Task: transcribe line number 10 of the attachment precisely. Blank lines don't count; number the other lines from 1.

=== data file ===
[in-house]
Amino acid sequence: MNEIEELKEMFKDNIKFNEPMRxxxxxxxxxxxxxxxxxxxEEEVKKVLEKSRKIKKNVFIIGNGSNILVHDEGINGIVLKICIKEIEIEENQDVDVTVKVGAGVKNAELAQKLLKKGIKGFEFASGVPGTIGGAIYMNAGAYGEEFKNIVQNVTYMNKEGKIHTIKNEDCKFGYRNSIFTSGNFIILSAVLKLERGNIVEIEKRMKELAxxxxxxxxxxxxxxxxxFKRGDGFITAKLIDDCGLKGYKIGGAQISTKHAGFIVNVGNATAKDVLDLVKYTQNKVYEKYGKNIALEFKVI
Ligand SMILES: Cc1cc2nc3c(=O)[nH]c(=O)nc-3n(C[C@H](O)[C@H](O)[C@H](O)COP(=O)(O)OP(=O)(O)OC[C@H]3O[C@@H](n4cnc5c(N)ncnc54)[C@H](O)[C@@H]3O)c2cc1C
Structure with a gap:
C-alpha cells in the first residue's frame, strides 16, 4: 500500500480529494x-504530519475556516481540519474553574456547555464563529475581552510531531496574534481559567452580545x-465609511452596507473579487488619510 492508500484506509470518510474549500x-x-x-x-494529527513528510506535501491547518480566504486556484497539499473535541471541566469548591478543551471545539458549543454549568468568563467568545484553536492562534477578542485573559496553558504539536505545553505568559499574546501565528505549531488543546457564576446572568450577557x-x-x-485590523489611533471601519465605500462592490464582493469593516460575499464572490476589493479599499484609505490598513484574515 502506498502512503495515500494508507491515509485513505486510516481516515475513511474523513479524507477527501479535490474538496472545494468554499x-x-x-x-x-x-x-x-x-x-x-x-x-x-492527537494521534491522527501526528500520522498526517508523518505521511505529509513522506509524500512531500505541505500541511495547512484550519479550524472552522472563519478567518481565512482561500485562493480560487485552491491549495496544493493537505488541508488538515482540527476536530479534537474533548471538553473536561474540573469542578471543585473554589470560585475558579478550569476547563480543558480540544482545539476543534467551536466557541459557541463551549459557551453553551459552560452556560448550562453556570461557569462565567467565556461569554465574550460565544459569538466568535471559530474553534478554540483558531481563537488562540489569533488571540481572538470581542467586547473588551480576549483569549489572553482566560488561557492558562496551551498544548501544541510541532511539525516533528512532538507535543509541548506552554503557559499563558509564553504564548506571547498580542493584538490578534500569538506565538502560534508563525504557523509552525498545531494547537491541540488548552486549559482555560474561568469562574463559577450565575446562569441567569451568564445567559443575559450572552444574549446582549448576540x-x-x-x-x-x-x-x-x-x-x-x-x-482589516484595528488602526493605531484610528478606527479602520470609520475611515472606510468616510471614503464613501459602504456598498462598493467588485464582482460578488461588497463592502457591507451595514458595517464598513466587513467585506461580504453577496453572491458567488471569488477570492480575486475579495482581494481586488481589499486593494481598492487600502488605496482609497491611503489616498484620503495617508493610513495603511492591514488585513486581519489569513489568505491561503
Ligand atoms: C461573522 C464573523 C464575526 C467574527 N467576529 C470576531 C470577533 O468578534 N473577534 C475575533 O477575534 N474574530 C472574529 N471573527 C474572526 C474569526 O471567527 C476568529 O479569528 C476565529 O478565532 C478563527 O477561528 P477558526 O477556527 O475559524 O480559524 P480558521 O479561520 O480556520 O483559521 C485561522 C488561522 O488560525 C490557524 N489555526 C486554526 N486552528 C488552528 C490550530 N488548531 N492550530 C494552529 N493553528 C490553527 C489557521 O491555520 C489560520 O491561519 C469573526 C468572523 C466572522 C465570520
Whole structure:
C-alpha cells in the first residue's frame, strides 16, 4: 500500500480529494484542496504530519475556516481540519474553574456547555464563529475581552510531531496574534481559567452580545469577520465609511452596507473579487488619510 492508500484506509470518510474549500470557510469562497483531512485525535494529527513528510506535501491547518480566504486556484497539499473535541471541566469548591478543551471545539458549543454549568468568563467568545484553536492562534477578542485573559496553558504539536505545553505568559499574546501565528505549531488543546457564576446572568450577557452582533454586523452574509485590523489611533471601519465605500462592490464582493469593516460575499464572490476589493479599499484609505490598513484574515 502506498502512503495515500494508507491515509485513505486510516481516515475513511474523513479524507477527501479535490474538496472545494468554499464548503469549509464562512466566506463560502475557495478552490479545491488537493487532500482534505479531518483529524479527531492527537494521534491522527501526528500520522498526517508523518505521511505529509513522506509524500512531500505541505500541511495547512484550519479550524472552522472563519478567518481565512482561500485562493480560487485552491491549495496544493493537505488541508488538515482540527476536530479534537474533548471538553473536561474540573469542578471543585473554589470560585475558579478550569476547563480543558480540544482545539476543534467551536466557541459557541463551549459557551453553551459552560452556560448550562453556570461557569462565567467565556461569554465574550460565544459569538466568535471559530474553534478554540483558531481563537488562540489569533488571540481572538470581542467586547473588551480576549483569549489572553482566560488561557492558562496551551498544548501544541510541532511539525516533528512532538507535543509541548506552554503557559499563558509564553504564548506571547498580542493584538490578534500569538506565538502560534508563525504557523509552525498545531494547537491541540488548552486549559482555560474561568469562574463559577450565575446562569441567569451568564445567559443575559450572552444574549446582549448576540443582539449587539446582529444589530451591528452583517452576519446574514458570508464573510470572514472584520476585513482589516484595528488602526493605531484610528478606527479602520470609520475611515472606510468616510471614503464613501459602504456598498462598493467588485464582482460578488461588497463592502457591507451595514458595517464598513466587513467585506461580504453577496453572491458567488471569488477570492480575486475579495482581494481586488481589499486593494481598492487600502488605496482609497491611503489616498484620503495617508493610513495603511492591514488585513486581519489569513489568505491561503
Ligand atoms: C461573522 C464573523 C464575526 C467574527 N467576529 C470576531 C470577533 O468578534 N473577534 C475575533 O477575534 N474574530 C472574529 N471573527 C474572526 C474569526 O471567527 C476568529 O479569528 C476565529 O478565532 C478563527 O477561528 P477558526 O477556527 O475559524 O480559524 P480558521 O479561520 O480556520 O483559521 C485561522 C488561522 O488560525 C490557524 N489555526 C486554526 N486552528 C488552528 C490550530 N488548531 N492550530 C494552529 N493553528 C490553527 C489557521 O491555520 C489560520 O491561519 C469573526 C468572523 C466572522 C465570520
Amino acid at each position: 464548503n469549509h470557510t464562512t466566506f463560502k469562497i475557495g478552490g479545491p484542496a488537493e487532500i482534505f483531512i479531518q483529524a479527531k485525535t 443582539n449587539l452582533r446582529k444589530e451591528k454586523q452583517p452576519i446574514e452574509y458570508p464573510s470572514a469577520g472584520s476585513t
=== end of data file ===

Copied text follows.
Amino acid at each position: 464548503n469549509h470557510t464562512t466566506f463560502k469562497i475557495g478552490g479545491p484542496a488537493e487532500i482534505f483531512i479531518q483529524a479527531k485525535t 443582539n449587539l452582533r446582529k444589530e451591528k454586523q452583517p452576519i446574514e452574509y458570508p464573510s470572514a469577520g472584520s476585513t